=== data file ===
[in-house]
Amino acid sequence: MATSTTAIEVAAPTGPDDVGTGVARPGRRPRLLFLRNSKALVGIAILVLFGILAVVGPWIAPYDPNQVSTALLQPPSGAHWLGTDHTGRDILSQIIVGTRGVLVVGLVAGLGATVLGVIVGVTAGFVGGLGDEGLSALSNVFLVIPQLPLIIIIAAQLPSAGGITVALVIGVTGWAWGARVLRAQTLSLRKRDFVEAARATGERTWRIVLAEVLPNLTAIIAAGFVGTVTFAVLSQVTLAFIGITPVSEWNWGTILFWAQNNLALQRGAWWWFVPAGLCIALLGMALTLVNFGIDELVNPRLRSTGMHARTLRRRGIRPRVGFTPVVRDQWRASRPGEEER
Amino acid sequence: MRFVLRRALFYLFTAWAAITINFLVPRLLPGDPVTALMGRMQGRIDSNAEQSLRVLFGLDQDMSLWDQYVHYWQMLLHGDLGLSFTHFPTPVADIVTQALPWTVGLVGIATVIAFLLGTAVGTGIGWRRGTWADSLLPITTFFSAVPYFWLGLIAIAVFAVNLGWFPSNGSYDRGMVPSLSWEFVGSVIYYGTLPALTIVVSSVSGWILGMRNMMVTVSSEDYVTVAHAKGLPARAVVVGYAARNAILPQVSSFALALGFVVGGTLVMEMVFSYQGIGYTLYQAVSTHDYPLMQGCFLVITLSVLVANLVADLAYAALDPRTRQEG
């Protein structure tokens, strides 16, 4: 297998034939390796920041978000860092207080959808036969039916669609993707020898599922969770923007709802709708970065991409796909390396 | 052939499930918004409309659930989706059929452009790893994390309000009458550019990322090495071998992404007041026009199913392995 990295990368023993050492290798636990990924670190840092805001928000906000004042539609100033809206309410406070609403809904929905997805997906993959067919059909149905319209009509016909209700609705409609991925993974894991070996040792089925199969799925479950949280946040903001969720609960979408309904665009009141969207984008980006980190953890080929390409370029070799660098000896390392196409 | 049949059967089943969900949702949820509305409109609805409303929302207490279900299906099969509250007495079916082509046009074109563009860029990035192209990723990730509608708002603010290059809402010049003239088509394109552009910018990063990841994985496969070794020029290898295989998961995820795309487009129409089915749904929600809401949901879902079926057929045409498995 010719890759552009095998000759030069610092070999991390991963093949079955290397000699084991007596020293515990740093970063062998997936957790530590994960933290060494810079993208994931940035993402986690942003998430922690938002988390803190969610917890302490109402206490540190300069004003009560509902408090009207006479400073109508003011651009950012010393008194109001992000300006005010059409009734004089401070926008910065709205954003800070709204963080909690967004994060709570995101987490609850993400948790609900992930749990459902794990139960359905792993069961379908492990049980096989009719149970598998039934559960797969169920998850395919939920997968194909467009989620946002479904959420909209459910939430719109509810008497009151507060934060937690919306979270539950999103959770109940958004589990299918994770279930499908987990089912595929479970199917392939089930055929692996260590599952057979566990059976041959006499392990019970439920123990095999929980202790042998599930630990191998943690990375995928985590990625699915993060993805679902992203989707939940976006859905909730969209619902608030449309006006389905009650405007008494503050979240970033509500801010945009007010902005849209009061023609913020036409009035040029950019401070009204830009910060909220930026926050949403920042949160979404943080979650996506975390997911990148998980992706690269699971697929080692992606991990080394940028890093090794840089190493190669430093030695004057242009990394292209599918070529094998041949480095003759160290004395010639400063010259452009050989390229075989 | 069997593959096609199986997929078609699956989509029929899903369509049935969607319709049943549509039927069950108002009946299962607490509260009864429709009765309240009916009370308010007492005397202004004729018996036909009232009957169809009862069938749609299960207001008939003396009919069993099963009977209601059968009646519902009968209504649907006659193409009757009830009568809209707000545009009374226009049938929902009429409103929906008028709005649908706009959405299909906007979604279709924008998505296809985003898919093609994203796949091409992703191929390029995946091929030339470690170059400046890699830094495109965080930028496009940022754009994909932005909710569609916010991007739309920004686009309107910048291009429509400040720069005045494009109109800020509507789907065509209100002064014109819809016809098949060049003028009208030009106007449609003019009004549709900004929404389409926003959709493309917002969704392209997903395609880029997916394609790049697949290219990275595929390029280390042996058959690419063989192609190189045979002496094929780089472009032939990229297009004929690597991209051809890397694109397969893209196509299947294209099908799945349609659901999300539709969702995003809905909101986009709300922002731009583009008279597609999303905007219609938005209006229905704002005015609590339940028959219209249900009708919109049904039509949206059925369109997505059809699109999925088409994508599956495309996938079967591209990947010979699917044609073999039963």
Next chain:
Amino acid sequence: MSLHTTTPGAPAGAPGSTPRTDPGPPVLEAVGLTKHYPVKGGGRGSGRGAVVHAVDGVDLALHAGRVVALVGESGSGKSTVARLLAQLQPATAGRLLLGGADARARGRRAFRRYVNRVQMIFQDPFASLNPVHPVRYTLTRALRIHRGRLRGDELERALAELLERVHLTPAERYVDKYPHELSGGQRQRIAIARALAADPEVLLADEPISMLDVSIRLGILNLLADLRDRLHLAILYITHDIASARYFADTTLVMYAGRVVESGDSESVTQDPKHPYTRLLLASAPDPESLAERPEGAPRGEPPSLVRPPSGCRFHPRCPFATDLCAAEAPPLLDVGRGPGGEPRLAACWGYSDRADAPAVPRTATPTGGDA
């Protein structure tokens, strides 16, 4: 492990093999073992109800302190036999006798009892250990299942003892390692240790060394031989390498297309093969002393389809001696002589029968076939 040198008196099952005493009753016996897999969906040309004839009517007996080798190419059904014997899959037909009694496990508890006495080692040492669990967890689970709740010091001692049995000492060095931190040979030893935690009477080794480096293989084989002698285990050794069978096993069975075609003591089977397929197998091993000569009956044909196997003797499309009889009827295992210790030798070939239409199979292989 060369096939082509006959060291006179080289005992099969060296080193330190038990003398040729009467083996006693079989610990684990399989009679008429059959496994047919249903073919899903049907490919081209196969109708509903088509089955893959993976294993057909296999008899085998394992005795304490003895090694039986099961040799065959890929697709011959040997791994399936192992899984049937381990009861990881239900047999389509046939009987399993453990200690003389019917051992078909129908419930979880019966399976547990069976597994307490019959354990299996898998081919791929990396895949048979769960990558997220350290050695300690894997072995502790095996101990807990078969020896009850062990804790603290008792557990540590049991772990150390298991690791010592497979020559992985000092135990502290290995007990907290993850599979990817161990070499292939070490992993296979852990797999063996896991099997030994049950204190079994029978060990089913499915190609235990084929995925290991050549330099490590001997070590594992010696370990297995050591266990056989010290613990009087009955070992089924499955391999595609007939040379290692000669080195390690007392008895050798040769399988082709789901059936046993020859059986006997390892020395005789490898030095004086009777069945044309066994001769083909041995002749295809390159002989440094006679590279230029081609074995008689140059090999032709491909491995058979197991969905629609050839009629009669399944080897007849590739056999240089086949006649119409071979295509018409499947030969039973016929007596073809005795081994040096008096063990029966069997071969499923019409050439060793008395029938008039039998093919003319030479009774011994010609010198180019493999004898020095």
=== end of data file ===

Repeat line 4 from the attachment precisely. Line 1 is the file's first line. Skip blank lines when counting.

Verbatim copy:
């Protein structure tokens, strides 16, 4: 297998034939390796920041978000860092207080959808036969039916669609993707020898599922969770923007709802709708970065991409796909390396 | 052939499930918004409309659930989706059929452009790893994390309000009458550019990322090495071998992404007041026009199913392995 990295990368023993050492290798636990990924670190840092805001928000906000004042539609100033809206309410406070609403809904929905997805997906993959067919059909149905319209009509016909209700609705409609991925993974894991070996040792089925199969799925479950949280946040903001969720609960979408309904665009009141969207984008980006980190953890080929390409370029070799660098000896390392196409 | 049949059967089943969900949702949820509305409109609805409303929302207490279900299906099969509250007495079916082509046009074109563009860029990035192209990723990730509608708002603010290059809402010049003239088509394109552009910018990063990841994985496969070794020029290898295989998961995820795309487009129409089915749904929600809401949901879902079926057929045409498995 010719890759552009095998000759030069610092070999991390991963093949079955290397000699084991007596020293515990740093970063062998997936957790530590994960933290060494810079993208994931940035993402986690942003998430922690938002988390803190969610917890302490109402206490540190300069004003009560509902408090009207006479400073109508003011651009950012010393008194109001992000300006005010059409009734004089401070926008910065709205954003800070709204963080909690967004994060709570995101987490609850993400948790609900992930749990459902794990139960359905792993069961379908492990049980096989009719149970598998039934559960797969169920998850395919939920997968194909467009989620946002479904959420909209459910939430719109509810008497009151507060934060937690919306979270539950999103959770109940958004589990299918994770279930499908987990089912595929479970199917392939089930055929692996260590599952057979566990059976041959006499392990019970439920123990095999929980202790042998599930630990191998943690990375995928985590990625699915993060993805679902992203989707939940976006859905909730969209619902608030449309006006389905009650405007008494503050979240970033509500801010945009007010902005849209009061023609913020036409009035040029950019401070009204830009910060909220930026926050949403920042949160979404943080979650996506975390997911990148998980992706690269699971697929080692992606991990080394940028890093090794840089190493190669430093030695004057242009990394292209599918070529094998041949480095003759160290004395010639400063010259452009050989390229075989 | 069997593959096609199986997929078609699956989509029929899903369509049935969607319709049943549509039927069950108002009946299962607490509260009864429709009765309240009916009370308010007492005397202004004729018996036909009232009957169809009862069938749609299960207001008939003396009919069993099963009977209601059968009646519902009968209504649907006659193409009757009830009568809209707000545009009374226009049938929902009429409103929906008028709005649908706009959405299909906007979604279709924008998505296809985003898919093609994203796949091409992703191929390029995946091929030339470690170059400046890699830094495109965080930028496009940022754009994909932005909710569609916010991007739309920004686009309107910048291009429509400040720069005045494009109109800020509507789907065509209100002064014109819809016809098949060049003028009208030009106007449609003019009004549709900004929404389409926003959709493309917002969704392209997903395609880029997916394609790049697949290219990275595929390029280390042996058959690419063989192609190189045979002496094929780089472009032939990229297009004929690597991209051809890397694109397969893209196509299947294209099908799945349609659901999300539709969702995003809905909101986009709300922002731009583009008279597609999303905007219609938005209006229905704002005015609590339940028959219209249900009708919109049904039509949206059925369109997505059809699109999925088409994508599956495309996938079967591209990947010979699917044609073999039963």